Heartbreaking Bravery

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Meat Wave – Delusion Moon (Stream)

meatwave

Few bands have meant more to this site and its early development than Meat Wave. They’ve been granted one of the only On the Up feature spots, they’ve offered premieres, and they played the first (and, so far, only) Heartbreaking Bravery showcase. The band’s earned quite a bit of coverage over here and today’s news ensures that’s a continuing development.

Before delving into their new song, though, I’d like to take a minute to congratulate them on signing to SideOneDummy, a highly revered- and influential- punk label. The trio’s new home looks like a promising one and will undoubtedly push their name recognition to (deservedly) greater heights. Meat Wave weren’t the only band with a noteworthy release today, so a few more bands will be highlighted before circling back to the main attraction.

Cosmicide released a deeply cinematic clip for “A New Disaster” and four artists teased two splits (Jeff the Brotherhood and Colleen Green and Audacity and together PANGEA, respectively). Cassels revealed their bruising Hating Is Easy EP while both Little My and Derider pulled back the curtains on their forthcoming albums. Once again, single streams made up the bulk of the day’s items and included a few genuine stunners.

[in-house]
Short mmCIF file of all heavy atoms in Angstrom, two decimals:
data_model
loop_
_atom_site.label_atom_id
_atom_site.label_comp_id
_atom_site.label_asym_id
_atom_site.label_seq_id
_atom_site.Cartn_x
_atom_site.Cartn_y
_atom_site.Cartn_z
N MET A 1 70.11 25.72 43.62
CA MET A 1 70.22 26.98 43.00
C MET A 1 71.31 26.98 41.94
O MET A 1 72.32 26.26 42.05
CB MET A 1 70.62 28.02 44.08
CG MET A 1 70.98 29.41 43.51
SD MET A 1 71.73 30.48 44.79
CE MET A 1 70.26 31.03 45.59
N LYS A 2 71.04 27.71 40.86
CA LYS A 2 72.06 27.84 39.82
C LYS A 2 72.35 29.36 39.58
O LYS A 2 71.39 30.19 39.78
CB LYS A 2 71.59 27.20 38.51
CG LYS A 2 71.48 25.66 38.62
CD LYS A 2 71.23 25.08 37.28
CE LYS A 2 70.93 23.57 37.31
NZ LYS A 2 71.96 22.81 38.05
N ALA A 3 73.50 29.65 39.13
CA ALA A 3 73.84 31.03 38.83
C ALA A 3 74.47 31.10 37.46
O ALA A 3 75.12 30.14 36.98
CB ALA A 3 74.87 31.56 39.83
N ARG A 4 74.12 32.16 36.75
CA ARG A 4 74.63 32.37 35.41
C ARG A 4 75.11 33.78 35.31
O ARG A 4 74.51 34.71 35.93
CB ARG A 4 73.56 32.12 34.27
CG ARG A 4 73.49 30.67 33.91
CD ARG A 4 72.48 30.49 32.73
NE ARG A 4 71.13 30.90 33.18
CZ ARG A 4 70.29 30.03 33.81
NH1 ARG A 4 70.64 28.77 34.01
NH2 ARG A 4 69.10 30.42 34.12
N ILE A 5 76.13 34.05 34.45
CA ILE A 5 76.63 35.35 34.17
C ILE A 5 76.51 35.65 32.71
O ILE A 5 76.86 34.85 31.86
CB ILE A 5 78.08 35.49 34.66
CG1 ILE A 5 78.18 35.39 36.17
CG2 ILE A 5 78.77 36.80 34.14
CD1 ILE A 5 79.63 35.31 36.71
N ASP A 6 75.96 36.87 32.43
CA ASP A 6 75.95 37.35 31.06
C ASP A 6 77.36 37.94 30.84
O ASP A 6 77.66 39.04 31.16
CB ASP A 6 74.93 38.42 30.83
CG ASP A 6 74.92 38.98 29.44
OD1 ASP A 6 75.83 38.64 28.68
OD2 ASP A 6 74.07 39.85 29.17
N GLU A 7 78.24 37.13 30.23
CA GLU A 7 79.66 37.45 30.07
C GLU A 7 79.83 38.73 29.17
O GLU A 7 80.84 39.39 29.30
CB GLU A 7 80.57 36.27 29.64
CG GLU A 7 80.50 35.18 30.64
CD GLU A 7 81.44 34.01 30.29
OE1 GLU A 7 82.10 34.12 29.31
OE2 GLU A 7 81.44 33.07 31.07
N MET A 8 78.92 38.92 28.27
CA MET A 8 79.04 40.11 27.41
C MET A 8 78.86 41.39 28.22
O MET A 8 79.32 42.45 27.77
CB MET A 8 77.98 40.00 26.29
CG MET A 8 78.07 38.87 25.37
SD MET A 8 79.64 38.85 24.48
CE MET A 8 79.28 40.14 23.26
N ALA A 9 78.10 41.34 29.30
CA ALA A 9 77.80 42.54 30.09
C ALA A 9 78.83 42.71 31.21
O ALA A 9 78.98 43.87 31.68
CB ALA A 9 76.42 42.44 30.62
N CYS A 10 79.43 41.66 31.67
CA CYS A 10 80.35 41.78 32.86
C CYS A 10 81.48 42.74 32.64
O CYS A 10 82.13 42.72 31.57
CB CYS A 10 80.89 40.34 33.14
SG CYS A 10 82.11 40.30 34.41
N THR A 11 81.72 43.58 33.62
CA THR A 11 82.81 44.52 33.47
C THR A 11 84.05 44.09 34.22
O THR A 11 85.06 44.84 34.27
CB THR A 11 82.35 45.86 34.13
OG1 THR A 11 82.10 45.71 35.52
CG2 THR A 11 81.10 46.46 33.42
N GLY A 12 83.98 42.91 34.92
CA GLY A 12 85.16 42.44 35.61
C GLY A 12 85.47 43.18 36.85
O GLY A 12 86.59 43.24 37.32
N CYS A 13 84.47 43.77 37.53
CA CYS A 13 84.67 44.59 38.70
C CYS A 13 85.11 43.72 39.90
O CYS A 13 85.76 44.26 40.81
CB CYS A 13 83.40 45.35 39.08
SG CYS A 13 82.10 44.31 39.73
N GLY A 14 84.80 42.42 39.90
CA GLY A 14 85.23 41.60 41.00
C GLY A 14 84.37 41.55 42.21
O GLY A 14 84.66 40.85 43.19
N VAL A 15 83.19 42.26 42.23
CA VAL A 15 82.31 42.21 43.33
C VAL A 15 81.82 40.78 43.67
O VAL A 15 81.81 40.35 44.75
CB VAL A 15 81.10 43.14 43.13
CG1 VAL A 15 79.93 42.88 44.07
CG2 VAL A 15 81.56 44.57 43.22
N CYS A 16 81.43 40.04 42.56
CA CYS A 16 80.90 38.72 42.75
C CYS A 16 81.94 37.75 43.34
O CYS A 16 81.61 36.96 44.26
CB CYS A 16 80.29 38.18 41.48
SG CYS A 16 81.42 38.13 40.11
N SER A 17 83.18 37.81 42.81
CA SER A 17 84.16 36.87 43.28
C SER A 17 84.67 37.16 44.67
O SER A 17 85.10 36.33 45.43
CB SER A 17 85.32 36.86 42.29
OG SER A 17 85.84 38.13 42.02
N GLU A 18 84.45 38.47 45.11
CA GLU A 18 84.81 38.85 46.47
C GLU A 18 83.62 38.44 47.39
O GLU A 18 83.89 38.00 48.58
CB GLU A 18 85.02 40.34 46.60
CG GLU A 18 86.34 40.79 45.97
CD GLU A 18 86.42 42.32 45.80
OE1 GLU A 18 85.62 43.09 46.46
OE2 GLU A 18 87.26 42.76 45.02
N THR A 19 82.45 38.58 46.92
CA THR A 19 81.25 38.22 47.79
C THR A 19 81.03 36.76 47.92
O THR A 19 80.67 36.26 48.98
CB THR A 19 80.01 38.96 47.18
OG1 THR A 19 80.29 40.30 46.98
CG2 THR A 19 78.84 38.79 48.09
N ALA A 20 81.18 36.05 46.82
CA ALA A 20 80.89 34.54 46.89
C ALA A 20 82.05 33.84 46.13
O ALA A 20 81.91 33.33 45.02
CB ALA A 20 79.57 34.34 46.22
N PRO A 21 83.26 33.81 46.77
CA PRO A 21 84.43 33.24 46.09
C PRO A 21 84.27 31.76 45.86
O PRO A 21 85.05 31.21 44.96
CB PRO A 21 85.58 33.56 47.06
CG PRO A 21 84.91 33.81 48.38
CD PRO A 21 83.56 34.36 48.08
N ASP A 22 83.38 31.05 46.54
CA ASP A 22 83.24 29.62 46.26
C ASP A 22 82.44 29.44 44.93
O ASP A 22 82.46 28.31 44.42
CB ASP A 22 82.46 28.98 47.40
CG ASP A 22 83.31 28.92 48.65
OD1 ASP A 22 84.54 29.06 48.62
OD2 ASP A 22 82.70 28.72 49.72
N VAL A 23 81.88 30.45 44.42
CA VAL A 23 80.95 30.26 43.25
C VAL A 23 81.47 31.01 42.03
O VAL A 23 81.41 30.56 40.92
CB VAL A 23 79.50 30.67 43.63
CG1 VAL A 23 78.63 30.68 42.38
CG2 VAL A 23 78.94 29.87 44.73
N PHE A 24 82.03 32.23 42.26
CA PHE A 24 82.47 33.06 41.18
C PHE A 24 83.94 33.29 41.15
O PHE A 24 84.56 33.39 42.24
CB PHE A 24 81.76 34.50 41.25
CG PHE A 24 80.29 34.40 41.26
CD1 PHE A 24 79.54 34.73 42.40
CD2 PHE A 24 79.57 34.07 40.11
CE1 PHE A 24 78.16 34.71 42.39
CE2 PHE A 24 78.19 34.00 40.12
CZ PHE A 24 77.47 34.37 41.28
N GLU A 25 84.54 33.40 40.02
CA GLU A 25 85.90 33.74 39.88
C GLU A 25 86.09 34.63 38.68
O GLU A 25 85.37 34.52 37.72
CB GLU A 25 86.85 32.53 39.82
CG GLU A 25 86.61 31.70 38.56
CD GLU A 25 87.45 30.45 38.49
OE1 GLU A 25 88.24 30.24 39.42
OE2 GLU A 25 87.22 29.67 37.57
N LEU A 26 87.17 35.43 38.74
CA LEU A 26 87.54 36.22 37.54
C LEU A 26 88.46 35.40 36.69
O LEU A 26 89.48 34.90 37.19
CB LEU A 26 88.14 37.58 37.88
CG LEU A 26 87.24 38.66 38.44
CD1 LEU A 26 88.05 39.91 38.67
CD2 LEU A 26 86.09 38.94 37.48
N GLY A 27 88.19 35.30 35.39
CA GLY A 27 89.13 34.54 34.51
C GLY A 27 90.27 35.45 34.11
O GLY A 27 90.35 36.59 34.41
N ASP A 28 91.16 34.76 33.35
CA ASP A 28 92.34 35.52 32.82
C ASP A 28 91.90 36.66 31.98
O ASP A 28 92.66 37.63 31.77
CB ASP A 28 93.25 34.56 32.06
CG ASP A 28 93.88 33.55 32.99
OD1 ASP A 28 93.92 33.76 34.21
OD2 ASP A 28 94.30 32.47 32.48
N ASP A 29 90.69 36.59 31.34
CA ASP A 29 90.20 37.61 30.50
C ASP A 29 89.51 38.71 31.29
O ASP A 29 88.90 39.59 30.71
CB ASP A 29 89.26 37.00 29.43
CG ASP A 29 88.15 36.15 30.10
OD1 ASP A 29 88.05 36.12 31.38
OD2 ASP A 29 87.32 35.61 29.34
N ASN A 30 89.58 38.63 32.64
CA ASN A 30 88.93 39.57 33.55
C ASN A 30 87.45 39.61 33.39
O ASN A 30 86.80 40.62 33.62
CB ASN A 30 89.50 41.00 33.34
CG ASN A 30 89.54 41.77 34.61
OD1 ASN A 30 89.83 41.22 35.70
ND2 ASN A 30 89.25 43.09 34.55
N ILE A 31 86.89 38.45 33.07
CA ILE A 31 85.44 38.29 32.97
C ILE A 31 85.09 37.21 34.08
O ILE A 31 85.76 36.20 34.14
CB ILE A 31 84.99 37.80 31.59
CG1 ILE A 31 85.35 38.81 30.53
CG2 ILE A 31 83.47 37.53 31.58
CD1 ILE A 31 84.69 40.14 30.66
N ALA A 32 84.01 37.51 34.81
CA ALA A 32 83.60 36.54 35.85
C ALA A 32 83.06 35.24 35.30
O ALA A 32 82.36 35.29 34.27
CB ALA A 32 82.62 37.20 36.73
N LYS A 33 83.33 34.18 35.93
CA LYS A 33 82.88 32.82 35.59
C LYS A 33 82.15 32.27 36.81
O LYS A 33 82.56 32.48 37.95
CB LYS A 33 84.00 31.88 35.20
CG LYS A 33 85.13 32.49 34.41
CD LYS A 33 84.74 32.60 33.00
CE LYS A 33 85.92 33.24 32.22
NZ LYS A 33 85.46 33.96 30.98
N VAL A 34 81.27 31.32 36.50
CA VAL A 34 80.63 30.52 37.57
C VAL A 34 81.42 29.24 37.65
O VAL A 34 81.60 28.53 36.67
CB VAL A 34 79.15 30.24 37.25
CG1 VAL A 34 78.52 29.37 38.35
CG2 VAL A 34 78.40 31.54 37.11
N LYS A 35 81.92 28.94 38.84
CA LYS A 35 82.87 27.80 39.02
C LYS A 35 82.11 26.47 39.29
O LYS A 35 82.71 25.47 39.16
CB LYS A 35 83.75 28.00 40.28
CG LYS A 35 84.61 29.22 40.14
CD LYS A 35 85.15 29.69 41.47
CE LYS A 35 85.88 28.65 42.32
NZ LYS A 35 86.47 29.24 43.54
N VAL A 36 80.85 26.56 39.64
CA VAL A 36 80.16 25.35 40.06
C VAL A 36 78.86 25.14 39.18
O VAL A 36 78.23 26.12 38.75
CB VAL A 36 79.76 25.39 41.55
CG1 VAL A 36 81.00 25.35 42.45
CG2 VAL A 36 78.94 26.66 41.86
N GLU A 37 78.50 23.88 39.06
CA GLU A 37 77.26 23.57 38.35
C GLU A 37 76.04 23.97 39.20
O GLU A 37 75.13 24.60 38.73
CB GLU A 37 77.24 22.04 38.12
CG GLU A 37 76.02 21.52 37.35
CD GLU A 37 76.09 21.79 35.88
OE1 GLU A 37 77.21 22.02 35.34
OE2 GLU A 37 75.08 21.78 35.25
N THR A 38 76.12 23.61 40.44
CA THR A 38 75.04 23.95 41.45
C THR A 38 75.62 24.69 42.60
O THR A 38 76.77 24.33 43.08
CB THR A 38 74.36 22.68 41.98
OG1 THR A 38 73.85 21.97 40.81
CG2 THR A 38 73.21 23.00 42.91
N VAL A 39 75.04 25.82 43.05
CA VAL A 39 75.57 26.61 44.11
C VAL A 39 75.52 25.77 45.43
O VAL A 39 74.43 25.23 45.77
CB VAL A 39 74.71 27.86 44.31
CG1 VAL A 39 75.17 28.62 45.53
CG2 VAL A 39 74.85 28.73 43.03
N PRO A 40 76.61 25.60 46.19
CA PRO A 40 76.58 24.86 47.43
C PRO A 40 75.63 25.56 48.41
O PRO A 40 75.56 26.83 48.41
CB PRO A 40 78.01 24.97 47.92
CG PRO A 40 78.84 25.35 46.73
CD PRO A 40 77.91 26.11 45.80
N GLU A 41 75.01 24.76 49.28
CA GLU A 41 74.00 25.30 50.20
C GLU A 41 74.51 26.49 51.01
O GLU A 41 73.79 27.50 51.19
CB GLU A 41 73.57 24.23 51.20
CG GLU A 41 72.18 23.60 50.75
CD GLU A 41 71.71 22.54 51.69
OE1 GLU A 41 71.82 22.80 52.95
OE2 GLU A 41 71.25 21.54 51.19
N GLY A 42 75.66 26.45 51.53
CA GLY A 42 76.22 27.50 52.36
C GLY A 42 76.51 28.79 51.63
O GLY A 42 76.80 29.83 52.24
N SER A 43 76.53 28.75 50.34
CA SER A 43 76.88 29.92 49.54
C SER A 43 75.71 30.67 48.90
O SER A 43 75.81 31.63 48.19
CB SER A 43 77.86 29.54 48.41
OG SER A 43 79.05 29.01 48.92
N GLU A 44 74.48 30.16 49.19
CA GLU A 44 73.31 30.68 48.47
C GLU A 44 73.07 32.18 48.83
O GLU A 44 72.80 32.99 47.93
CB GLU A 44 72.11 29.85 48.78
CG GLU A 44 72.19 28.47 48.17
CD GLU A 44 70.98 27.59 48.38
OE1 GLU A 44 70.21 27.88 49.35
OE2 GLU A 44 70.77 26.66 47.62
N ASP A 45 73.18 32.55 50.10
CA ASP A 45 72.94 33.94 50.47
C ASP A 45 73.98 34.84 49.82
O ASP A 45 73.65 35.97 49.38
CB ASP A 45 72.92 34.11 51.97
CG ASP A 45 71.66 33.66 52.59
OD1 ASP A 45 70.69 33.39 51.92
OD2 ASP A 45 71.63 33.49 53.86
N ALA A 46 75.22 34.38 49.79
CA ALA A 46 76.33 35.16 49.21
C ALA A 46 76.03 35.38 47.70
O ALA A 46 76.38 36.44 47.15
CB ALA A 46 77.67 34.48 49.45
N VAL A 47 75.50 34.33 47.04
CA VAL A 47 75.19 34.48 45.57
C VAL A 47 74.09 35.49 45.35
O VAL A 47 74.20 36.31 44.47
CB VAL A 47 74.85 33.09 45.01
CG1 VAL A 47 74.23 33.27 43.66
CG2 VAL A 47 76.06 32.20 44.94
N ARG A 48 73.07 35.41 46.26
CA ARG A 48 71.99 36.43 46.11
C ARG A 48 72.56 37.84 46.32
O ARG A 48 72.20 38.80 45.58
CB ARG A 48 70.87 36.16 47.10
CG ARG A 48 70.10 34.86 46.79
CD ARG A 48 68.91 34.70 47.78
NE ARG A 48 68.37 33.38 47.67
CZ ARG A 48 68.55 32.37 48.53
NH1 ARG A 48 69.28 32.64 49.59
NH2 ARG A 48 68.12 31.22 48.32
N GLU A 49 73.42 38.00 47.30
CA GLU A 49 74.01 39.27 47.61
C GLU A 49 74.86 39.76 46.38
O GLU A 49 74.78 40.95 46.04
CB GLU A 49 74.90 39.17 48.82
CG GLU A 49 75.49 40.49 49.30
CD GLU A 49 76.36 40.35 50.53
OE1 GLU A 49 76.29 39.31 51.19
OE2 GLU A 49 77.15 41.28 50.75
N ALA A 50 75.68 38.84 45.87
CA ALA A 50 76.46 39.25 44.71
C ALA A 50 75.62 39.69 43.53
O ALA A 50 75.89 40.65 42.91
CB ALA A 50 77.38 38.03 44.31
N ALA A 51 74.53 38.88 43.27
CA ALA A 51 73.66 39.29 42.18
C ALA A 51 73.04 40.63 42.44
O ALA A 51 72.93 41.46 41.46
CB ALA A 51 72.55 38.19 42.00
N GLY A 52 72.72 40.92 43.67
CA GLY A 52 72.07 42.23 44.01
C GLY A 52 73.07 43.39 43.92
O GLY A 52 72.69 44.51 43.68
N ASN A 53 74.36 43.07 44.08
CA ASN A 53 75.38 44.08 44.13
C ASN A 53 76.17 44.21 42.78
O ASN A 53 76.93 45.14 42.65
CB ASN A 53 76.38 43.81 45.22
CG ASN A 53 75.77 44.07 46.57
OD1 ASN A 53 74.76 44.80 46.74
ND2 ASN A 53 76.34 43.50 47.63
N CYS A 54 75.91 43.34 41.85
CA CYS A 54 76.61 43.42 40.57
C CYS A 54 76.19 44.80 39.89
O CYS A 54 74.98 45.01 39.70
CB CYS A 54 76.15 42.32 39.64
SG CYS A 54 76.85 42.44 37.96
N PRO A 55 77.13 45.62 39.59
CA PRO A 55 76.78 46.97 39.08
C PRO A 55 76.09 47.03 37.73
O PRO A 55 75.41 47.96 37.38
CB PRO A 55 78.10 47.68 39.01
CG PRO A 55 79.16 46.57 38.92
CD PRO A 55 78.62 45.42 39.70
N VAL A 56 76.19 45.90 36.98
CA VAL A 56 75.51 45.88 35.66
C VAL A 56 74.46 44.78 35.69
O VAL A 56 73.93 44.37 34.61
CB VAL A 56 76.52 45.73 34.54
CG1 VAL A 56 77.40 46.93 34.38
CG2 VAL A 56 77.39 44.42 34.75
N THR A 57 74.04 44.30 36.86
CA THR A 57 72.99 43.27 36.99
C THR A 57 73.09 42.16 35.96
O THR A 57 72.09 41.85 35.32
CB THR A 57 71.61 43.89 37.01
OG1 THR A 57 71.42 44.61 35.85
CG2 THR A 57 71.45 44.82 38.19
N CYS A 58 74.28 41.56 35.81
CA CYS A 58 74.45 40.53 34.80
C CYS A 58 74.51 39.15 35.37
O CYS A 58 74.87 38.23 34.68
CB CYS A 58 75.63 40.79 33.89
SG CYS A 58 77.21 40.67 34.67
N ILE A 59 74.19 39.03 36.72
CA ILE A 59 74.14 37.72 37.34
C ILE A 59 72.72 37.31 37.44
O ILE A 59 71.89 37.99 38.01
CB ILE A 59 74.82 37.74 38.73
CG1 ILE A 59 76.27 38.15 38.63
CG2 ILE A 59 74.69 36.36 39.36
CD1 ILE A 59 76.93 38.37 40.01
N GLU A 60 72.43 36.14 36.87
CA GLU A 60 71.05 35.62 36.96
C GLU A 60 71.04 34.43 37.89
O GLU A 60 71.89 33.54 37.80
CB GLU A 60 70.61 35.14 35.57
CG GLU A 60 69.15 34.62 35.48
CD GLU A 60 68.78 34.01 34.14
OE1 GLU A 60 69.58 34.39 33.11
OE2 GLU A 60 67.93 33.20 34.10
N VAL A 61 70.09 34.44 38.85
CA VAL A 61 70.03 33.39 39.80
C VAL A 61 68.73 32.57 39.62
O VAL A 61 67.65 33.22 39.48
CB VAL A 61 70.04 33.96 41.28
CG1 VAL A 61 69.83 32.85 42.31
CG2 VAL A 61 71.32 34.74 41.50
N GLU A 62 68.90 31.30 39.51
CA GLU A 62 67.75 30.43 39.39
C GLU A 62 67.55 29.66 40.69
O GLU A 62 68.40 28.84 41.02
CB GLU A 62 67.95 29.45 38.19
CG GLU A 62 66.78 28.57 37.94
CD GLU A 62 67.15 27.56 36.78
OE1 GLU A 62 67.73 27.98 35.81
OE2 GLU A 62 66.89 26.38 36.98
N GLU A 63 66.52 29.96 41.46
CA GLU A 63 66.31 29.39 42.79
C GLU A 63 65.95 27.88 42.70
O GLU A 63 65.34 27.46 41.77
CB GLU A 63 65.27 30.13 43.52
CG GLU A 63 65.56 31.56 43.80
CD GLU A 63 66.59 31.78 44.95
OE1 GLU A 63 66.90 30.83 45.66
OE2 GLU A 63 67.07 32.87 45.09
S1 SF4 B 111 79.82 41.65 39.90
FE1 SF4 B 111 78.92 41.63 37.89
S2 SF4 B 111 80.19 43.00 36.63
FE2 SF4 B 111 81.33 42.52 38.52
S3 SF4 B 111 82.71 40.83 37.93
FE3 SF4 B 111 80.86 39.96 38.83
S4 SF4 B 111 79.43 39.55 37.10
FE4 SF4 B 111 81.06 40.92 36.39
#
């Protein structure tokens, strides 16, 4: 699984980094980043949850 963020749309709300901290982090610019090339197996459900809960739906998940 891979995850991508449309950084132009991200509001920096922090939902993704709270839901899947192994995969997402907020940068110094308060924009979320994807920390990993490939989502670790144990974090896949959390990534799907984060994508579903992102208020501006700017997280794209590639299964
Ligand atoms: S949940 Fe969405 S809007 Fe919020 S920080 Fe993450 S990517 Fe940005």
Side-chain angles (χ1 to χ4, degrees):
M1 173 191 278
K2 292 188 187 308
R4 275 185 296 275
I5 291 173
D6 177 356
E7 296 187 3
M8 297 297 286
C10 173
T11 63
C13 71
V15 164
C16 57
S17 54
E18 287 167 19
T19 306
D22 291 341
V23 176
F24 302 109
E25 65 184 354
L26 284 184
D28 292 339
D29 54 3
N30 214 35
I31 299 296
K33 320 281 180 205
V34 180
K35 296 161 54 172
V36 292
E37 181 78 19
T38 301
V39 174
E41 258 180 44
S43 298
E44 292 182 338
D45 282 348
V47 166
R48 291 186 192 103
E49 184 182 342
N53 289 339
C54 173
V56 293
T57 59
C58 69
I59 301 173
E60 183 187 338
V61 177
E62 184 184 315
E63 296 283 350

Ought’s sprawling “Beautiful Blue Sky” nearly wound up with today’s feature, while it fended off strong competition from the likes of Sharkmufffin’s fiery “Mondays“, Reservations’ noir-tinted “Planet“, NE-HI’s punchy “Drag“, Girls Names’ compellingly bleak “A Hunger Artist“, and Helen’s surprisingly massive “Motorcycle“. Comfy’s sunny basement pop tune “Neck Hz“, GospelbeacH’s breezy backwoods number “Sunshine Skyway“, and Elway’s revitalized “Albuquerque Low” all added up to the format’s considerable tally.

Then, of course, there was “Delusion Moon”. Anyone who heard what Meat Wave accomplished with their self-titled (to date, the only tape I’ve worn thin) or their EP from earlier this year, Brother, knows just how much weight this band throws into its punches. “Delusion Moon” is the title track from the band’s forthcoming record and follows “Erased” in its rollout campaign.